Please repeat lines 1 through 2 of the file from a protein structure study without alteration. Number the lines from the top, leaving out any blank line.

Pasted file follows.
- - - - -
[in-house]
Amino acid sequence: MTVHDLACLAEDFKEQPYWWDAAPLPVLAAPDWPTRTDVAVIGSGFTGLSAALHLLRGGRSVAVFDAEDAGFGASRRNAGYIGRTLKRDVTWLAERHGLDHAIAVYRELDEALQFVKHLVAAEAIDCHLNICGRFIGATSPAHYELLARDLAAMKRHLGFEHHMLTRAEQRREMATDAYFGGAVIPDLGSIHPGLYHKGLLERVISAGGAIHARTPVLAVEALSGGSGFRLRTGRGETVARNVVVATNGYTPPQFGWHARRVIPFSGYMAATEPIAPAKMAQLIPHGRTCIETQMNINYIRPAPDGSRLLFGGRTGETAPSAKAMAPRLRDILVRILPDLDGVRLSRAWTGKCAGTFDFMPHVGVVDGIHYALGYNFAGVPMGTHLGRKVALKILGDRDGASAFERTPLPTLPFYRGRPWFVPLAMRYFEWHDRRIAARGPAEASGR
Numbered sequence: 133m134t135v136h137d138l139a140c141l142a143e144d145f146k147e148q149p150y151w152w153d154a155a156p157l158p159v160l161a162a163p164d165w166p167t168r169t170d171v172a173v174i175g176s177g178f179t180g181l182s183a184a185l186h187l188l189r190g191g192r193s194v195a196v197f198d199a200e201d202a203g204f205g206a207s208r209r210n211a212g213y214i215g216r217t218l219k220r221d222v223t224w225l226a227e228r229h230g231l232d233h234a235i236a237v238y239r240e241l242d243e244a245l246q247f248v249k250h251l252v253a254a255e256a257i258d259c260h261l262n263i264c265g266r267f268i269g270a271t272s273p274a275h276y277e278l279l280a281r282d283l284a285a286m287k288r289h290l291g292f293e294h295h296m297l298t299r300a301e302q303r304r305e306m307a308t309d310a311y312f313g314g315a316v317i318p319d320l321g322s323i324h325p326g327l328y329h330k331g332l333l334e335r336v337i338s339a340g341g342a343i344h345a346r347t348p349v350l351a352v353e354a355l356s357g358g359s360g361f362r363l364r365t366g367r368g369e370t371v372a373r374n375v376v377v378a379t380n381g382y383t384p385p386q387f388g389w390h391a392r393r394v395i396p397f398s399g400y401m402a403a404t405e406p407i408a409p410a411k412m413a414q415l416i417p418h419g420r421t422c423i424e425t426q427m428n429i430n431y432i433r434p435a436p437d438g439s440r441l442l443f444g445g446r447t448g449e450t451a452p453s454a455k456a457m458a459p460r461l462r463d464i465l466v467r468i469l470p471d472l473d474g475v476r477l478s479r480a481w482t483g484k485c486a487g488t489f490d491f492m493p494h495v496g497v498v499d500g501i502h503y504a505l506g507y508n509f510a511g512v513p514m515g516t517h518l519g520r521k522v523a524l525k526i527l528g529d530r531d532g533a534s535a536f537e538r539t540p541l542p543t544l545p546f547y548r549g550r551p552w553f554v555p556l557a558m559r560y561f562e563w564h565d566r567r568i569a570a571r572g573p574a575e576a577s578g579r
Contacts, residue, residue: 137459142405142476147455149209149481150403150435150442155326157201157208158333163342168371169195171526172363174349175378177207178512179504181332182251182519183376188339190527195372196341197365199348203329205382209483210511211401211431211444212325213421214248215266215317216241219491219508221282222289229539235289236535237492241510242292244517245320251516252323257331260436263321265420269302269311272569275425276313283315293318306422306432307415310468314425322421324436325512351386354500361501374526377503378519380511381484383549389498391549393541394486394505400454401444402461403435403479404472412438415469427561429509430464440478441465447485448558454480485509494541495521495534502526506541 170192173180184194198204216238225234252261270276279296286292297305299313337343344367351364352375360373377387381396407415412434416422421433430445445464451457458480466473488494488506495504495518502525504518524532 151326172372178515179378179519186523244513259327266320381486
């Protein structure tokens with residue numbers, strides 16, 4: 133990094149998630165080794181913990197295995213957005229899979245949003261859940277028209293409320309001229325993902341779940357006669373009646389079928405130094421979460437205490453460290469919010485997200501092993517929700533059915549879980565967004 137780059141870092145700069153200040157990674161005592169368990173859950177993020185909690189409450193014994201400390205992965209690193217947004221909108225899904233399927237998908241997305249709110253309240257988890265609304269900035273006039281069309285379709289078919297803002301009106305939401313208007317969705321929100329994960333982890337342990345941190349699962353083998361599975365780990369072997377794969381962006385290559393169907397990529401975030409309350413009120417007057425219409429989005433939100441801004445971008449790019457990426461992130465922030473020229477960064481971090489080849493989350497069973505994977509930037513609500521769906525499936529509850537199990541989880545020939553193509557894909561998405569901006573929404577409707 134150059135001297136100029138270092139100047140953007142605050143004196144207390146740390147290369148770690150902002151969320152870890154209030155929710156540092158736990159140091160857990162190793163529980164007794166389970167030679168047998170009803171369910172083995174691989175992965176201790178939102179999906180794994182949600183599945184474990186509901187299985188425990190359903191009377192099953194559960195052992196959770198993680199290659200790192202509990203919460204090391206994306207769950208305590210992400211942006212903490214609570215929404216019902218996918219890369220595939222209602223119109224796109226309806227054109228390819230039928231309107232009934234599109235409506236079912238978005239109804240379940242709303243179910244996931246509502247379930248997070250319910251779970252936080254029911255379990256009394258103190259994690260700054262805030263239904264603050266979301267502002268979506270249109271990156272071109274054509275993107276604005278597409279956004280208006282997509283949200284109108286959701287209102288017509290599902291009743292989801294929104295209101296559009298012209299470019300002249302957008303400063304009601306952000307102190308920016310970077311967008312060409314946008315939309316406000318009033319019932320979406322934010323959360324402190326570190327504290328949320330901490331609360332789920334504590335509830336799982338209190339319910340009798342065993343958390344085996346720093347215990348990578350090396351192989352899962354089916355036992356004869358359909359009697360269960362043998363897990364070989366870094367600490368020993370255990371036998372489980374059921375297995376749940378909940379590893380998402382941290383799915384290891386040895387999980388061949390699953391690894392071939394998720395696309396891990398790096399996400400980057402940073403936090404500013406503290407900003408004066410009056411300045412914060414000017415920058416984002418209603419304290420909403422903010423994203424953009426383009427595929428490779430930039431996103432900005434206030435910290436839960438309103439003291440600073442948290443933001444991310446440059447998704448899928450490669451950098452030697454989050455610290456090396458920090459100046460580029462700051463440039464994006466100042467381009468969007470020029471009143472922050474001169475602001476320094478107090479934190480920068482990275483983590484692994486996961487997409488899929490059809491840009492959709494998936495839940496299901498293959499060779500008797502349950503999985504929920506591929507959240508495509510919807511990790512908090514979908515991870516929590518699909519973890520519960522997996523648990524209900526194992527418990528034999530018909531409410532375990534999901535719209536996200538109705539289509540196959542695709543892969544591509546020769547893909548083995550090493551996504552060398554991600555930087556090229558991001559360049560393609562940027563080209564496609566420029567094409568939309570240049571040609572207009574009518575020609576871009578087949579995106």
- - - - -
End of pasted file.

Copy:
[in-house]
Amino acid sequence: MTVHDLACLAEDFKEQPYWWDAAPLPVLAAPDWPTRTDVAVIGSGFTGLSAALHLLRGGRSVAVFDAEDAGFGASRRNAGYIGRTLKRDVTWLAERHGLDHAIAVYRELDEALQFVKHLVAAEAIDCHLNICGRFIGATSPAHYELLARDLAAMKRHLGFEHHMLTRAEQRREMATDAYFGGAVIPDLGSIHPGLYHKGLLERVISAGGAIHARTPVLAVEALSGGSGFRLRTGRGETVARNVVVATNGYTPPQFGWHARRVIPFSGYMAATEPIAPAKMAQLIPHGRTCIETQMNINYIRPAPDGSRLLFGGRTGETAPSAKAMAPRLRDILVRILPDLDGVRLSRAWTGKCAGTFDFMPHVGVVDGIHYALGYNFAGVPMGTHLGRKVALKILGDRDGASAFERTPLPTLPFYRGRPWFVPLAMRYFEWHDRRIAARGPAEASGR